Tag Archives: homestead

Getting MySQL data out of a Homestead virtual machine when Vagrant is broken

I’ve now learned how to get data out of a Vagrant run virtual machine when Vagrant itself is broken. Steps below.

I recently upgraded my Mac to use Mojave and this broke my old Vagrant install, which I use for Homestead and a bunch of my Laravel based development websites. It was a bit of an old version of Vagrant, but still annoying. At first I thought VirtualBox, the software for creating virtual machines, just needed updating. Unfortunately an upgrade of VirtualBox was required for it to run in Mojave, but not the solution to my problem.

In general, the virtual machine (VM) breaking wasn’t a problem – I have all the site files as part of the point of using Vagrant is having those in a shared folder on your main file system, not only inside the VM Vagrant sets up to hold the development environment. So I’d lost the development environment, including Apache, MySQL, and some other bits, but not the files of my site and the environment would be easy to set up again as that’s what Vagrant makes simple.

But… I had a bunch of data in two databases within MySQL in the VM that I really wanted to keep. Upgrading Vagrant would mean wiping the data, so I didn’t want to do that. I thought to recover the data and back it up I was going to have to restore a Time Machine backup of the whole computer back to the previous version of the OS – High Sierra.

Fortunately I mentioned the problem to a few friends (AKA I moaned about my situation) and Tom  suggested I mount the VM direct. That inspired me to start poking around more, here is how I got my data out of the broken Vagrant box…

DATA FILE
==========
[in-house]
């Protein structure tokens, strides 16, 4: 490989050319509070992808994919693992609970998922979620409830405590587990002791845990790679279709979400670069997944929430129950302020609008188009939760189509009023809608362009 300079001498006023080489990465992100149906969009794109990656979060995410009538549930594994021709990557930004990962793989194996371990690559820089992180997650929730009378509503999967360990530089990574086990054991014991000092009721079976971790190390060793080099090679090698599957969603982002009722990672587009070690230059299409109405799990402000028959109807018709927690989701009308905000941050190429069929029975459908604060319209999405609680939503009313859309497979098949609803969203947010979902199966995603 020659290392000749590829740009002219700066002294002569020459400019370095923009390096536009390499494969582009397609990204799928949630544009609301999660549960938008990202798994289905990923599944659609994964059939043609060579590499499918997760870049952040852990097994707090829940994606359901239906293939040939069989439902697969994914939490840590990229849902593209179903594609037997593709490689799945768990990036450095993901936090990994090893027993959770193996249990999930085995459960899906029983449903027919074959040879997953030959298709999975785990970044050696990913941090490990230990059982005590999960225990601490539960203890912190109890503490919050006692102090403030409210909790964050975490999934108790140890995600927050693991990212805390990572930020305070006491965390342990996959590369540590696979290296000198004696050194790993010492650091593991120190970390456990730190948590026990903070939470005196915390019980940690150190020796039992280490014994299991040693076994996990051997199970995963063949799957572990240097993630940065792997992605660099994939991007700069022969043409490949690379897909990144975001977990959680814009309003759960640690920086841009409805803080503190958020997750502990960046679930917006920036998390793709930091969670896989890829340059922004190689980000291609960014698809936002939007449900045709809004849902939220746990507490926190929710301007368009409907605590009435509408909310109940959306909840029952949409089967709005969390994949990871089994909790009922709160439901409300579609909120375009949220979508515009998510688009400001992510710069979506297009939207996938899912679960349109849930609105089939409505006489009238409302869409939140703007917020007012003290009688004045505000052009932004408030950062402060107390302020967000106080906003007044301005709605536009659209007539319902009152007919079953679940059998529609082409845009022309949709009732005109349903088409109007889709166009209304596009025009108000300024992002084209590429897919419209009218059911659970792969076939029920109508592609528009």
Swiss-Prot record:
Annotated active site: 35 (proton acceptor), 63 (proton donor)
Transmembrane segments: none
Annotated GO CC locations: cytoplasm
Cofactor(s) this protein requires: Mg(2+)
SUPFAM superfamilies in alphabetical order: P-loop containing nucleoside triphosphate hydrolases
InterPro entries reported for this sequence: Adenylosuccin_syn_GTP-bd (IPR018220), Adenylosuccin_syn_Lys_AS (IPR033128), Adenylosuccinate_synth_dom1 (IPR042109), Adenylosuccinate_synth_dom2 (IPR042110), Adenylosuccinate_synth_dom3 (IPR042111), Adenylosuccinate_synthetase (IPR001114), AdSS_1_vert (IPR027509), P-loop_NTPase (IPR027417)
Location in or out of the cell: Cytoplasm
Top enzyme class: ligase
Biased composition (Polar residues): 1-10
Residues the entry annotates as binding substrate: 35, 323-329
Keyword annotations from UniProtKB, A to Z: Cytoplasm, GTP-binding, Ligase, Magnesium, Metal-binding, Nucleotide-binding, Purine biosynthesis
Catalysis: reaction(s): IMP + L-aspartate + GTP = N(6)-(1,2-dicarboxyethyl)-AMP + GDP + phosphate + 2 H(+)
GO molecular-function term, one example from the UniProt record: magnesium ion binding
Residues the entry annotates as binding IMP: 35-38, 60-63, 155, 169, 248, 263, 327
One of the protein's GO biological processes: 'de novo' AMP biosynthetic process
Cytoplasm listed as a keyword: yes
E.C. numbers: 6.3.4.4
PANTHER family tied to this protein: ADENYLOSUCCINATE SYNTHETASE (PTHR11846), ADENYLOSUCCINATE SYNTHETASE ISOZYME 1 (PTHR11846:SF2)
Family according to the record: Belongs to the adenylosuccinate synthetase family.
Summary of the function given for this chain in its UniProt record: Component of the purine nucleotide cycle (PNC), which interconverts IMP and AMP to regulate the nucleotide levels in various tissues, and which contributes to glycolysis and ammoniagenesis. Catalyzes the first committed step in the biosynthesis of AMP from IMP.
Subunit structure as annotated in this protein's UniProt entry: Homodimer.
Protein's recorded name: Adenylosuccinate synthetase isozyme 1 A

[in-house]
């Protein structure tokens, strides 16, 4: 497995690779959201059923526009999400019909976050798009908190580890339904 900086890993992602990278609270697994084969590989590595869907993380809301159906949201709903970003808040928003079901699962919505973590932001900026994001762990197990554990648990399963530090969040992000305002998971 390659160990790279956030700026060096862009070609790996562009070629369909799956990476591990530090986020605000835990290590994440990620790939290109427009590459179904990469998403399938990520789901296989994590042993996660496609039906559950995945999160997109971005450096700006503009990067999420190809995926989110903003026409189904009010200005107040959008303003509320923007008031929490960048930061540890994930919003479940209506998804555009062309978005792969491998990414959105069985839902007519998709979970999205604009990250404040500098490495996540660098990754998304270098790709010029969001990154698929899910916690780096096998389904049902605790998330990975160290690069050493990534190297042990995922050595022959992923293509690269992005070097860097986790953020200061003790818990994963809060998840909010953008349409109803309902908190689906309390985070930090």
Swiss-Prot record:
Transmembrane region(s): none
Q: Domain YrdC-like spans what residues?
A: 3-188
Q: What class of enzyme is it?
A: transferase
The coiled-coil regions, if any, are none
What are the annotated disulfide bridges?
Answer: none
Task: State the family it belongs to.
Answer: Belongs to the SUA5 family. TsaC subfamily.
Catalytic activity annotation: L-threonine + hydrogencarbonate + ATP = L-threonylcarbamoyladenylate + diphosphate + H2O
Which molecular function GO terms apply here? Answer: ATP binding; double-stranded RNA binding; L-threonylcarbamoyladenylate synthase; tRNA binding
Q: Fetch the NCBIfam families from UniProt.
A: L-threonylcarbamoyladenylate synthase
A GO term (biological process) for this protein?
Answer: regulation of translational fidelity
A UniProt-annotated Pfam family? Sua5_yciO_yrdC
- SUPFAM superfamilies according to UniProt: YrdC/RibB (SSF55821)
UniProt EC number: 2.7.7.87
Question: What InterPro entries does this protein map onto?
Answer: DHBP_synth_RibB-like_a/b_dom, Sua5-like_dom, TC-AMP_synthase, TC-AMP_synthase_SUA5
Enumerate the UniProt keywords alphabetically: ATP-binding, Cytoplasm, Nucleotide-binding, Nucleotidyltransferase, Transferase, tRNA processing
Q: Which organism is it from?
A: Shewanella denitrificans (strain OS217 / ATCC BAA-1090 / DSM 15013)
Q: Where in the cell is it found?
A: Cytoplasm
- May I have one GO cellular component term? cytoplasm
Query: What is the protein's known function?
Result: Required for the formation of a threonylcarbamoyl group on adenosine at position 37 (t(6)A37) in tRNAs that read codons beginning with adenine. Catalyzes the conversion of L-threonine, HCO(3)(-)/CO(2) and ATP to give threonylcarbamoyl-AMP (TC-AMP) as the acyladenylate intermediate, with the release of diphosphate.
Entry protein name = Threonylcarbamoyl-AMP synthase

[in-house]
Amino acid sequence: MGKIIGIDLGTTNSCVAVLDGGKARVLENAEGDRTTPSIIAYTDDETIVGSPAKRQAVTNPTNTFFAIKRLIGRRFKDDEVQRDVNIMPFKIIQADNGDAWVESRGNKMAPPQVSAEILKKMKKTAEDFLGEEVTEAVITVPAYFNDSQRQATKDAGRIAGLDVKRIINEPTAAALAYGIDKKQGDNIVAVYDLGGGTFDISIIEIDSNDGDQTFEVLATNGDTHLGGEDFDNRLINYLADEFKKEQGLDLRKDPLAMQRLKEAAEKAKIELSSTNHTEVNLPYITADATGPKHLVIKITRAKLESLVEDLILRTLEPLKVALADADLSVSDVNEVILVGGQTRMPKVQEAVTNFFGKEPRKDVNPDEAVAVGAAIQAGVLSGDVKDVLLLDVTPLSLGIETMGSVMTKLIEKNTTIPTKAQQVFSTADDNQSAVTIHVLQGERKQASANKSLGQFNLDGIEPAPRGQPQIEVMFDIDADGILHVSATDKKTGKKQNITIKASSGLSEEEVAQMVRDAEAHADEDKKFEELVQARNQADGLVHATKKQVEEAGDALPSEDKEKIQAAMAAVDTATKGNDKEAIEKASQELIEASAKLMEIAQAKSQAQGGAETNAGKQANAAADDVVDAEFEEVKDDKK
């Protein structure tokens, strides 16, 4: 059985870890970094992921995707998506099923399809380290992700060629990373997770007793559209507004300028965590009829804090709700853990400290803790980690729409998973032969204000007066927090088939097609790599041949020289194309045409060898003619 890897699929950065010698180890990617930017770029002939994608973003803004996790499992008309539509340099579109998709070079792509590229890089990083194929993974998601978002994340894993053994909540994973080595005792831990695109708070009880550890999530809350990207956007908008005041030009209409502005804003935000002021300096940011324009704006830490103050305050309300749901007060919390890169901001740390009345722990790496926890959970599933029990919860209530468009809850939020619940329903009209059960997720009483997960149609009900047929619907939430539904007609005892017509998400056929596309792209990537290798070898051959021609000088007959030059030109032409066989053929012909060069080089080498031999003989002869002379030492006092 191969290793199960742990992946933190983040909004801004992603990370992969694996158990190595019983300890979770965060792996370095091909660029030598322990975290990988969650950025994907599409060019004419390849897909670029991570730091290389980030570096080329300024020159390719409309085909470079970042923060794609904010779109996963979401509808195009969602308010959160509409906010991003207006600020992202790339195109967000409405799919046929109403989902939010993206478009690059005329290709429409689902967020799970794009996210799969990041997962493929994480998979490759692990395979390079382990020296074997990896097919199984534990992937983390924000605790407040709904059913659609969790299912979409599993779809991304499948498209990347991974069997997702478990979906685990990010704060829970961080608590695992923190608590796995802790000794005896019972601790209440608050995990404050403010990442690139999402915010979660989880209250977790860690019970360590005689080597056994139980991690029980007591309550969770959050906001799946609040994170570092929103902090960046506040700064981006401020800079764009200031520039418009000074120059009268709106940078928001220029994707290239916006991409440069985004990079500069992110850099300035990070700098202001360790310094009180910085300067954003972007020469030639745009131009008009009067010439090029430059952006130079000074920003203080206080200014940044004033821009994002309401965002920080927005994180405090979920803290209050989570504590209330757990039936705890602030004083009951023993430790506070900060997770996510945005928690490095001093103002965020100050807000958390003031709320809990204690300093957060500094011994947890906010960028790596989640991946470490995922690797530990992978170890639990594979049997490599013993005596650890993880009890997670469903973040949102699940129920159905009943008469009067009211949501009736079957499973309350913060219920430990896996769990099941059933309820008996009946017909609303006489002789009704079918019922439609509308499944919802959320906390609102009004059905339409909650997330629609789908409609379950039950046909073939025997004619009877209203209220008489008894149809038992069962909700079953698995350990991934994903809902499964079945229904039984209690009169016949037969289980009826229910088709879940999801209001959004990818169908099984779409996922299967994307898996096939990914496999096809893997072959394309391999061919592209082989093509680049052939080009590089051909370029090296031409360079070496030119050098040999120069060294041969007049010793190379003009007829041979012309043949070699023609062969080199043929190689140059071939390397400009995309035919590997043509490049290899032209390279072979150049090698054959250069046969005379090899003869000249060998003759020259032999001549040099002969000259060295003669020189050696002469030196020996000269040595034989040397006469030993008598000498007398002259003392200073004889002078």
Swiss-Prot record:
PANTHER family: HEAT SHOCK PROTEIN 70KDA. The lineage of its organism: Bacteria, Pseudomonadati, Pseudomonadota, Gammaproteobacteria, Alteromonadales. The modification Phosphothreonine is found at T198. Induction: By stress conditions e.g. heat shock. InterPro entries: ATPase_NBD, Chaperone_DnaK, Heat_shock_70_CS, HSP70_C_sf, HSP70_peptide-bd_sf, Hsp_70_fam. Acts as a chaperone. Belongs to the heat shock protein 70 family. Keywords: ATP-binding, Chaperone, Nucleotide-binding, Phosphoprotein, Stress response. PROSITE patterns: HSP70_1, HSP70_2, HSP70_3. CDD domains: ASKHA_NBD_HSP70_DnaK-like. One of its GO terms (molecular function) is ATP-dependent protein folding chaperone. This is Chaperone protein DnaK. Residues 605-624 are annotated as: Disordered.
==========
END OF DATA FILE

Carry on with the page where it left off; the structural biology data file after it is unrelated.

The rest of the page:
Recovery steps

Open VirtualBox and manually start the machine Vagrant set up by clicking on it and clicking the start icon.

This boots the virtual machine and gives me a command prompt.

At “homestead login:” I needed a username and password, the default for a Vagrant built VM is vagrant and vagrant (thanks to Stefan on Stackoverflow for putting up that one.)

Then I needed to backup my databases on the command line. I’m used to using web based tools for MySQL admin, so had to look this up too:

mysqldump -u homestead -psecret --all-databases > homestead-20190121.sql

Thanks to Jacob for that one.

This gives me a big text file with all the exported data in it, which is great, but the file is still inside the virtual machine, not on my normal file system where I can get at it.

After much thought I remembered what Tom had advised me in the first place – mount the VM as a drive. I took that as the starting point of some Googling and set up a shared folder using this advice.

That involved re-starting the VM and then once I was logged in, I needed to check what that shared folder was called from within the Ubuntu VM and with more searching based on some very old memories from university, I found this command:

df -h

Which lists the share to a folder called “2019 01 January” which I’d set up. It was under /media/sf_2019_01_January

So within the VM I then did:

sudo cp homestead-20190121.sql /media/sf_2019_01_January/

Because the first time I ran it, I didn’t have enough permissions to copy the file. Sudo let me temporarily have more permissions and do the copy.

Checking in the shared folder, I found all my data. I can now use this to restore the databases elsewhere.

To cleanly close down the VM, I used:

shutdown

This has a delay built in, so I now know I should have used:

poweroff

Which would have been a bit quicker.